Expectations, hopes, and fears about adolescent sexuality

This coming week I am – gasp! – home alone.  Yep, that’s right, my kids and partner have hit the vacation trail and left me to fend for myself in the wilds of South Austin.  My mother-in-law’s reaction: “Well, that’s…odd.  Tell me why?”  Because I am writing my book.  I have a whole week to myself, and I was desperately torn between updating this not-so-lovely website with the snazzy graphics I’ve been drawing in my “spare” time and finally duct-taping myself to a chair to write my book.

I decided the graphics might be more fun, but the book might actually help people.  So book it is!

The book is, unimaginatively, for parents on how to talk with their teenagers about sex, sexuality, and romance.  So I’m going to have a whole section on parental expectations, hopes, and fears about sex and romance.  I’ve talked with many parents about this in person, and collected quite a varied list, but I’d love to hear from you, gentle readers, about your own present, past, or future thoughts about your kids’ involvements (or non-involvements) in sex and romance.  Here’s a partial list of what real parents have said about their kids:


  • I expect my daughter to say what she wants romantically and sexually.
  • I expect my son to keep his romantic and sexual engagements to himself, both at home and at school.
  • I expect my daughter to fall in love.
  • I expect my son to try and have sex with girls.
  • I expect my daughter to have sex as a teenager.


  • I hope my son is a virgin when he gets married.
  • I hope my daughter really enjoys her sexual life.
  • I hope my son is kind to the women he has sex with.
  • I hope my daughter masturbates.
  • I hope my son loves the first person he has sex with.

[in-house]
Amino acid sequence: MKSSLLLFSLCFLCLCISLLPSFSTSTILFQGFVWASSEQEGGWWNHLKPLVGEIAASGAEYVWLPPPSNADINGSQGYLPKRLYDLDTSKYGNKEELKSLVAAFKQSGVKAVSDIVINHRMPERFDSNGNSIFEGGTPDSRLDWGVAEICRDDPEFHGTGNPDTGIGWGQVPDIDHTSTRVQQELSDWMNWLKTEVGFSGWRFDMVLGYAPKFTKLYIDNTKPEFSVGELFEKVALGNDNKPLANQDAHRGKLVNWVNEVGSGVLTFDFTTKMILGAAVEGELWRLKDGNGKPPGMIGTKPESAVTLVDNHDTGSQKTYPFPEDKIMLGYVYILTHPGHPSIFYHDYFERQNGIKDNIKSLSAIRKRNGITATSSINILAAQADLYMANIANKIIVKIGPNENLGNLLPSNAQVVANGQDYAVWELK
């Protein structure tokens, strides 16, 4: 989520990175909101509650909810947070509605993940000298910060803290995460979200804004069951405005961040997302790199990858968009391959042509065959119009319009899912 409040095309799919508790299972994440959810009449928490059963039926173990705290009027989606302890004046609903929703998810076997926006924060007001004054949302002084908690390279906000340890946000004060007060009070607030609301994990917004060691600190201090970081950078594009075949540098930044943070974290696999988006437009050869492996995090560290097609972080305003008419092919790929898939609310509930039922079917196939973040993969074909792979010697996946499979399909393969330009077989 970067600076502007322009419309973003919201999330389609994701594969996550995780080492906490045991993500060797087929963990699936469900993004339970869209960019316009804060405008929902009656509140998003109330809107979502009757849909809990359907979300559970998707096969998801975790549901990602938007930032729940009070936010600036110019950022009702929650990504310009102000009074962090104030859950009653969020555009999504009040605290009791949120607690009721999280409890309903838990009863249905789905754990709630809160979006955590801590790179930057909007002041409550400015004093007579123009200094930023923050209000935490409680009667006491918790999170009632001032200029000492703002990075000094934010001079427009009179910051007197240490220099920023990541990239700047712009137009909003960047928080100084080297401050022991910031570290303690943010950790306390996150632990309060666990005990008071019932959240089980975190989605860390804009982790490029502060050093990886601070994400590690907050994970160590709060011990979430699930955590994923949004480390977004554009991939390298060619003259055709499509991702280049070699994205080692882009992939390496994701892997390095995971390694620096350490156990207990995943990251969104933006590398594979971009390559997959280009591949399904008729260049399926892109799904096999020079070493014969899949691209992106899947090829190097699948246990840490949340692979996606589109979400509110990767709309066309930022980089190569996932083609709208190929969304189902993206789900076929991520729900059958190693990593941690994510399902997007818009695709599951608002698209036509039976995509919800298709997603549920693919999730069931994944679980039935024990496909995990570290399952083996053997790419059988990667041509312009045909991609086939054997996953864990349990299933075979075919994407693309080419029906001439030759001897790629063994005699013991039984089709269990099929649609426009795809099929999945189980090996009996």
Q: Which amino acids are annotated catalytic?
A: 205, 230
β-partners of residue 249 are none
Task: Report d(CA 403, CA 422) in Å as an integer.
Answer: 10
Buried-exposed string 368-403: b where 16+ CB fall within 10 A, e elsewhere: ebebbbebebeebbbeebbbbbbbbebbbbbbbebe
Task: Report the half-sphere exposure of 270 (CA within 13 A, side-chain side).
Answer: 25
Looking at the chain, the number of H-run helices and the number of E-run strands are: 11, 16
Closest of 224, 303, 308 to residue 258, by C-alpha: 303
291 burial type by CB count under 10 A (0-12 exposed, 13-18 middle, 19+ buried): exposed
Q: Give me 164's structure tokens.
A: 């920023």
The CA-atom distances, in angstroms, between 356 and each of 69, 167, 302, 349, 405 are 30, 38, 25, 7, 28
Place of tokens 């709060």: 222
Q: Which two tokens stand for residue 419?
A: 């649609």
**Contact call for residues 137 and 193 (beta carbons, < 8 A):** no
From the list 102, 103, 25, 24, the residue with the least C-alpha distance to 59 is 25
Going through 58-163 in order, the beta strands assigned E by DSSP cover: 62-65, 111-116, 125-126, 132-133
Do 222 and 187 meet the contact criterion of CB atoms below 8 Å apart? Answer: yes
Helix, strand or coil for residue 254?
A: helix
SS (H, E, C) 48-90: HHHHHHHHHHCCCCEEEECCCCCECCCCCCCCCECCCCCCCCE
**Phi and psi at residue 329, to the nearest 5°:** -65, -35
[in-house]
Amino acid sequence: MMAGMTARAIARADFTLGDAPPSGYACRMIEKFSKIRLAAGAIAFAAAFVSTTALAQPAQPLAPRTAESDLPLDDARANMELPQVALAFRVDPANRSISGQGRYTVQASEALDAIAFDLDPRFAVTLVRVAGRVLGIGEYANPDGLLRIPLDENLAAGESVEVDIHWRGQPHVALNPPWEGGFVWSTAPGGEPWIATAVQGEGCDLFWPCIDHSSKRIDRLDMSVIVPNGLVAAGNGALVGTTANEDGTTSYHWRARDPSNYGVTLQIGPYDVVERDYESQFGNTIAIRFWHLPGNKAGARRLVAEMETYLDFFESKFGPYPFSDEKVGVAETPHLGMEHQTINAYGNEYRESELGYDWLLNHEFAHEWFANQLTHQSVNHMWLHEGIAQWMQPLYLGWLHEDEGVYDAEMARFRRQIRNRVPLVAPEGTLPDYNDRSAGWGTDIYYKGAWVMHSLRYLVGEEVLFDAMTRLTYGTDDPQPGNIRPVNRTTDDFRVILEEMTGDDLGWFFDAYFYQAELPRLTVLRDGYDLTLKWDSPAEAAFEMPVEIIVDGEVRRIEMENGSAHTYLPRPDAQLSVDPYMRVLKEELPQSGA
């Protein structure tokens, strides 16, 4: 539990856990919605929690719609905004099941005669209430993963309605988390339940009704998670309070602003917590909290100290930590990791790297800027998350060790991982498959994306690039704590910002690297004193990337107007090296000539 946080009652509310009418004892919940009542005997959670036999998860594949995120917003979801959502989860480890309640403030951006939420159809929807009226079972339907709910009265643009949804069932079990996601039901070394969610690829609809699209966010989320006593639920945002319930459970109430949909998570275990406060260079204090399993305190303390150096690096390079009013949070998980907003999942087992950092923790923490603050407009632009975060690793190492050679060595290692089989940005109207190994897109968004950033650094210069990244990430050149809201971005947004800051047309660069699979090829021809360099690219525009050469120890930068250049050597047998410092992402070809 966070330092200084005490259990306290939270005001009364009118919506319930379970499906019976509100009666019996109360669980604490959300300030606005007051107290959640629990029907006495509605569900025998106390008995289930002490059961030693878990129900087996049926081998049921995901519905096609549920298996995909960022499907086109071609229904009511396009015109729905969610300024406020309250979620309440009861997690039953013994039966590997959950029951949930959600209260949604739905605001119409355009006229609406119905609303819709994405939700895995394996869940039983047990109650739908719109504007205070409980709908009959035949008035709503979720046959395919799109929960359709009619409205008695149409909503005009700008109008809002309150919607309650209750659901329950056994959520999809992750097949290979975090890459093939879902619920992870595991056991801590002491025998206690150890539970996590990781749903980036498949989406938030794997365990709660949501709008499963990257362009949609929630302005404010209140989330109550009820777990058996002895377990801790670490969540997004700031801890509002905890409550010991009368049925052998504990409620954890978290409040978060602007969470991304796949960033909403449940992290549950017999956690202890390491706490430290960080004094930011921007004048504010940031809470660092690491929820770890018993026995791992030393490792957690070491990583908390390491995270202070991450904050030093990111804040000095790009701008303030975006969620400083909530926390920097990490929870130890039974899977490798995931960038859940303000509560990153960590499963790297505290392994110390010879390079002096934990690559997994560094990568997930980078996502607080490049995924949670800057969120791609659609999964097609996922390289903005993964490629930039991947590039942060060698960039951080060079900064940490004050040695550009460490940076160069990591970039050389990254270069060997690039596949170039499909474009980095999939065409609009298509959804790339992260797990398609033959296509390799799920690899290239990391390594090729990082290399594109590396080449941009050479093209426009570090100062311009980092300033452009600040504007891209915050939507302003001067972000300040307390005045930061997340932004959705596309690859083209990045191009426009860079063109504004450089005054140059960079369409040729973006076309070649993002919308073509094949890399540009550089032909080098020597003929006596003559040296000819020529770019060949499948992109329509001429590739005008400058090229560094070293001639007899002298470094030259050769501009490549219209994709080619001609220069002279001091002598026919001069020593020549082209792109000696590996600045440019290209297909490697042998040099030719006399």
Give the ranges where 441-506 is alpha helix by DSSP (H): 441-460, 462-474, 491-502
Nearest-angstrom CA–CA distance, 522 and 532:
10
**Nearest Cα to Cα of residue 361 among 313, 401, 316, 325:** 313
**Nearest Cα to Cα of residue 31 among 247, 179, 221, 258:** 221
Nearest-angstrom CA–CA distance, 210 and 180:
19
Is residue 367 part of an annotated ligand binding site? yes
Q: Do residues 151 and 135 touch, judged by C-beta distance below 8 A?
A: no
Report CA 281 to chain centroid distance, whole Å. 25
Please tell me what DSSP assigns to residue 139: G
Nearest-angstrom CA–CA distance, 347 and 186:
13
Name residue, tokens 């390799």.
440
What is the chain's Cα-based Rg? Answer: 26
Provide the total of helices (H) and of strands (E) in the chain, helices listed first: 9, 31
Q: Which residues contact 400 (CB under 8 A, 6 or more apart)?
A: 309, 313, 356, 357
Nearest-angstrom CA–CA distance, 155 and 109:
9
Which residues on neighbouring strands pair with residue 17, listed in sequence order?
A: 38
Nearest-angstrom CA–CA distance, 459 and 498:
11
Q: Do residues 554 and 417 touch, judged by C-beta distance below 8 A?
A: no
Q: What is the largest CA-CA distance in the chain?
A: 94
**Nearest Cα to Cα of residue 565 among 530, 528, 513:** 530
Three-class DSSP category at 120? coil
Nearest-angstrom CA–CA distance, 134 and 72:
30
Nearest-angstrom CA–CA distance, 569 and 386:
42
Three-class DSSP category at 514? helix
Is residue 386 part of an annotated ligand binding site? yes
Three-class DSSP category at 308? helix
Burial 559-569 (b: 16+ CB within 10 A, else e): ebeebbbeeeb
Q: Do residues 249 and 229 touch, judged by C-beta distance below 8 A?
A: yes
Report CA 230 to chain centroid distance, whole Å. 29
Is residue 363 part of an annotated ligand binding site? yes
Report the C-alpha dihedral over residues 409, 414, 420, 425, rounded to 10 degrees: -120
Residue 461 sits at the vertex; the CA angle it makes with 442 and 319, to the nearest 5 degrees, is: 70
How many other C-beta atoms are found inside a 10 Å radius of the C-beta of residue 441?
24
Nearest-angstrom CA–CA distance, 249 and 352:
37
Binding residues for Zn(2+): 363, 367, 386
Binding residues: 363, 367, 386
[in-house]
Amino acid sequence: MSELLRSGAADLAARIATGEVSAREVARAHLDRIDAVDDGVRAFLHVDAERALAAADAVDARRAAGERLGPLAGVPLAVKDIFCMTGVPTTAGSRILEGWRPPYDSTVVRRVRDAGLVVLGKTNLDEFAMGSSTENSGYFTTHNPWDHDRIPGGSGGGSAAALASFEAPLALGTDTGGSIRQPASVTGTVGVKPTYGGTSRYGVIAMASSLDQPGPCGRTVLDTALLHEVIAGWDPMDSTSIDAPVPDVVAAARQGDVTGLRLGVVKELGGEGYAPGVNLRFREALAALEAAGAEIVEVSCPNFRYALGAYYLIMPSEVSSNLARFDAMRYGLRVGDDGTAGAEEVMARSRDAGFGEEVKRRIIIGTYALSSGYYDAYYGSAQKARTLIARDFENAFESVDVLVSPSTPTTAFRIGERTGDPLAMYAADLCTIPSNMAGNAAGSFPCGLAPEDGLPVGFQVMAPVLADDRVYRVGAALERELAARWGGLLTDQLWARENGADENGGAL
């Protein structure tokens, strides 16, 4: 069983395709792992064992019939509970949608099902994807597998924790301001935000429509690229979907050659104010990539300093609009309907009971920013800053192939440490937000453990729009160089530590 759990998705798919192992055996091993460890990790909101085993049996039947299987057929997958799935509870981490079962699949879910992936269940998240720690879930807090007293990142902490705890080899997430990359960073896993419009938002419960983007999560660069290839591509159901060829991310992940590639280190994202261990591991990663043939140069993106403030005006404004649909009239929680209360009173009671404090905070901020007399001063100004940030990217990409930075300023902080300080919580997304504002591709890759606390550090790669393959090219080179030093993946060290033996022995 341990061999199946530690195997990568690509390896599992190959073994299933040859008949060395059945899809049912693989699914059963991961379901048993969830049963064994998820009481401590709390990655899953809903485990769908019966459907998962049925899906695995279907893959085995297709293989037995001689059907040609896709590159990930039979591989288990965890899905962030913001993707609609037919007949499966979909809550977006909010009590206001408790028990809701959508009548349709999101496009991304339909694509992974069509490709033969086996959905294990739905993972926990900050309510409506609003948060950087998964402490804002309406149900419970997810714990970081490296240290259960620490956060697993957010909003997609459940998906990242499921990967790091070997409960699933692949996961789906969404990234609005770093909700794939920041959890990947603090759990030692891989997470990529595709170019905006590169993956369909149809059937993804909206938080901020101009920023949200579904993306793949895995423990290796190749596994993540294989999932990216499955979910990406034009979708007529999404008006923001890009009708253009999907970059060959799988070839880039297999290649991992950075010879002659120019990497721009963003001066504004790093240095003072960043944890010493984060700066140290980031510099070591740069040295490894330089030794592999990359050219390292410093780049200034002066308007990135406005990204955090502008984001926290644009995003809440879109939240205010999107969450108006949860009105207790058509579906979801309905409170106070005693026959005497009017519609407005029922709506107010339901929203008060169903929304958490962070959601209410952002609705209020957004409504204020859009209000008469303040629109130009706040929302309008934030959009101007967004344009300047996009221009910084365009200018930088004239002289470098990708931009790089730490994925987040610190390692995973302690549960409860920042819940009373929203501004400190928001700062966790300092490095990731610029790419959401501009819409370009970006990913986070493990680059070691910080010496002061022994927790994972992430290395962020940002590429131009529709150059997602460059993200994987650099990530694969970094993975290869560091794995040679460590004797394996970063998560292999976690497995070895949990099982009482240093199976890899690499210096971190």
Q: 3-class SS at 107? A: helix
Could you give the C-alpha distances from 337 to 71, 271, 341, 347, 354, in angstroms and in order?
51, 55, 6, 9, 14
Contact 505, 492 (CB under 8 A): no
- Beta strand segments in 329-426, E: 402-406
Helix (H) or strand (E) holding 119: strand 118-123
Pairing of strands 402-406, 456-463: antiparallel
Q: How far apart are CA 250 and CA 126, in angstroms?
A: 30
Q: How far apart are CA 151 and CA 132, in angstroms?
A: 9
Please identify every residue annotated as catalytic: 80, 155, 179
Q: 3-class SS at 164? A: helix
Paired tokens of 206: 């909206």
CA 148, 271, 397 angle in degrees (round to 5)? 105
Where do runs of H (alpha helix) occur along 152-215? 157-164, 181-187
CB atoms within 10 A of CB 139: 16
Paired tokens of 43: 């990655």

• I’m afraid my daughter will be gay.
  • I’m afraid my son will hurt someone else.
  • I’m afraid my daughter will be date raped.
  • I’m afraid my son will ruin his life.
  • I’m afraid my daughter will not listen to or believe what I tell her about boys and sex.
  • I’m afraid my son will be taken in by some girl.

Hope that gets your juices going!  Leave your additions or reactions to the lists down below.

Oh, and because I’m writing on the book, my writing on this blog may be somewhat erratic this week (starting now – I hardly ever have the quiet and attention to post on a Sunday afternoon!).

About Karen Rayne

Dr. Karen Rayne has been supporting parents and families since 2007 when she received her PhD in Educational Psychology. A specialist in child wellbeing, Dr. Rayne has spent much of her career supporting parents, teachers, and other adults who care for children and teenagers.


  1. Hi Dr. Rayne! I’m something of a long-time reader, though a lot of your posts aren’t geared towards my demographic–that of 18-yo girls/young women (I’m not sure which of the two I am, haha).

    I’m honestly not sure if I will be a parent in the future; if that is the case, then it will certainly be a while yet before I take on such a role. When that happens, I hope that your words I’ve read here will still be stashed somewhere in my messy room of a head!

    But, I think I can stretch and consider the feelings of a possible ‘me,’ a hypothetical parent version of the ‘me’ now, you might say? Lacking experience, but it’s the closest I can get. Even if it doesn’t help your writing, I feel I should share it with anyone who might read it.

    I’ve probably been verbose to this point, so I’ll try to get to the topic. As I am now, and as a person who is not a parent:

    I expect my child(ren) to break up with someone or be broken up with by someone at one point.